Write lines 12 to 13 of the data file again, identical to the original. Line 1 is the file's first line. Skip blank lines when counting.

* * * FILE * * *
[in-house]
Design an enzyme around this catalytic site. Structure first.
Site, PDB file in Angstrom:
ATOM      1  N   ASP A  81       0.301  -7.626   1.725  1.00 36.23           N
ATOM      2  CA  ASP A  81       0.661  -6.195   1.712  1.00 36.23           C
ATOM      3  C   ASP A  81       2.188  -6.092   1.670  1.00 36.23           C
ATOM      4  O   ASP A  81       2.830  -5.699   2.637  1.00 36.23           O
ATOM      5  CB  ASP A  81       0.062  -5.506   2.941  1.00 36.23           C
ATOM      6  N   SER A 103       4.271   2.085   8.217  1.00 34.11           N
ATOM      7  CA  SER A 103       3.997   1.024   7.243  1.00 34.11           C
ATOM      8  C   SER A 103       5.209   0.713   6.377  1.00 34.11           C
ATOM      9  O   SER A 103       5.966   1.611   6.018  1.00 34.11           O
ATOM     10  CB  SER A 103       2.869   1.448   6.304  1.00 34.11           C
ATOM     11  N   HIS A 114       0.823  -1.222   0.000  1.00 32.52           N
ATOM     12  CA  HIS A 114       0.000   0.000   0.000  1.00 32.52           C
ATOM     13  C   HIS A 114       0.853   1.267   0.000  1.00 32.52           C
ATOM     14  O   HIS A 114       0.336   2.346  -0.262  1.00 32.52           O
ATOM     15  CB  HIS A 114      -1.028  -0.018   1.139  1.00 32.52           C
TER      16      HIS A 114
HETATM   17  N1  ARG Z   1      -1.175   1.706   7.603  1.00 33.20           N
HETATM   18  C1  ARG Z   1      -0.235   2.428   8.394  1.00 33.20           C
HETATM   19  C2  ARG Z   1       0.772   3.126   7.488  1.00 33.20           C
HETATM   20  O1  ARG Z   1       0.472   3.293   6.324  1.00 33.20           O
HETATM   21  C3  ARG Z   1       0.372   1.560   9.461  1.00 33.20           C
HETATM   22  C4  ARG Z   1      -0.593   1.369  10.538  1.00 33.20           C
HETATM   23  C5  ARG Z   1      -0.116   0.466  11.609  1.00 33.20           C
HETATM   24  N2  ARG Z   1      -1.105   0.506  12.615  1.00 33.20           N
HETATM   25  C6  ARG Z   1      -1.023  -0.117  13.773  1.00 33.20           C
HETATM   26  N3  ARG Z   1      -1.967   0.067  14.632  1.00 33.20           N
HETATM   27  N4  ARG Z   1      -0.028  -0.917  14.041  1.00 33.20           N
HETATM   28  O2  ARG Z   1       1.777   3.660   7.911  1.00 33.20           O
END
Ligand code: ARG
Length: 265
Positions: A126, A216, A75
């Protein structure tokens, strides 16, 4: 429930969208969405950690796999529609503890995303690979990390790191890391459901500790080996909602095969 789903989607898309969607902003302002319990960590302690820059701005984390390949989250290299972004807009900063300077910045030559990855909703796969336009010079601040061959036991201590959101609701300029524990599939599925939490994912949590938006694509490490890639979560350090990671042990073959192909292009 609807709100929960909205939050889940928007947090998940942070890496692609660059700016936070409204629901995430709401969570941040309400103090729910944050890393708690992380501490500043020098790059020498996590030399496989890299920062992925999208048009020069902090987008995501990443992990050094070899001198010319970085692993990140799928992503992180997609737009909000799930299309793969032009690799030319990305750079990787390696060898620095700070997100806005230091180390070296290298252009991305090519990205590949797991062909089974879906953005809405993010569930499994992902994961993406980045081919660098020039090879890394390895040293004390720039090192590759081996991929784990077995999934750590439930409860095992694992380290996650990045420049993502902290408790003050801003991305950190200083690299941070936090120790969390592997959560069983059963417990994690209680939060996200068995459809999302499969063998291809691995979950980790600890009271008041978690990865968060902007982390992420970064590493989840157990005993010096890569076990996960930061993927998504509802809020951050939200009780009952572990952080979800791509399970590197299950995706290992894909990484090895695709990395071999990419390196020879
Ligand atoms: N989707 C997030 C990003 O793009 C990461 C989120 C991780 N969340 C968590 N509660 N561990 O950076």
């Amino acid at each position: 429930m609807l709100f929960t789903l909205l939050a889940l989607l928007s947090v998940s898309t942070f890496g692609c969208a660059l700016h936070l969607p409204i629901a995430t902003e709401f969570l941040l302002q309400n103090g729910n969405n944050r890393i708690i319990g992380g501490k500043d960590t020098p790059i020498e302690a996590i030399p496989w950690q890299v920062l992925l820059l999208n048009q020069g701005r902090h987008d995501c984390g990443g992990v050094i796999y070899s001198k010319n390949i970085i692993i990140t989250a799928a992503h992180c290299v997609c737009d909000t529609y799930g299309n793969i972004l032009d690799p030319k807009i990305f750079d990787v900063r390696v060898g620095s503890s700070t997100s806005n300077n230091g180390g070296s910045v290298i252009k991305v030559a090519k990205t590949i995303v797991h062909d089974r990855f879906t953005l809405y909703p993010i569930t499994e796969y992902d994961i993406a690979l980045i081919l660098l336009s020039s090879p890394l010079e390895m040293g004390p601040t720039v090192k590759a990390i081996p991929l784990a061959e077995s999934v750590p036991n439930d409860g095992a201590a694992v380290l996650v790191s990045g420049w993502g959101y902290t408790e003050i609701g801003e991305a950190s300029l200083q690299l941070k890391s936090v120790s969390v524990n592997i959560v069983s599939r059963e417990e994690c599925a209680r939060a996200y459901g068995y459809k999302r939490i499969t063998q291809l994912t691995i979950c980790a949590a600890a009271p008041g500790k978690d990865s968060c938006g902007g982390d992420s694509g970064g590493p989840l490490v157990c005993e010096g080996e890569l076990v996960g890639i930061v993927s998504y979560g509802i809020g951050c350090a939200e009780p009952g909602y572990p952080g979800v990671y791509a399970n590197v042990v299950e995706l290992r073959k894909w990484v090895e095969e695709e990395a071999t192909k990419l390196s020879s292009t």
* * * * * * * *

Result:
ATOM      9  O   SER A 103       5.966   1.611   6.018  1.00 34.11           O
ATOM     10  CB  SER A 103       2.869   1.448   6.304  1.00 34.11           C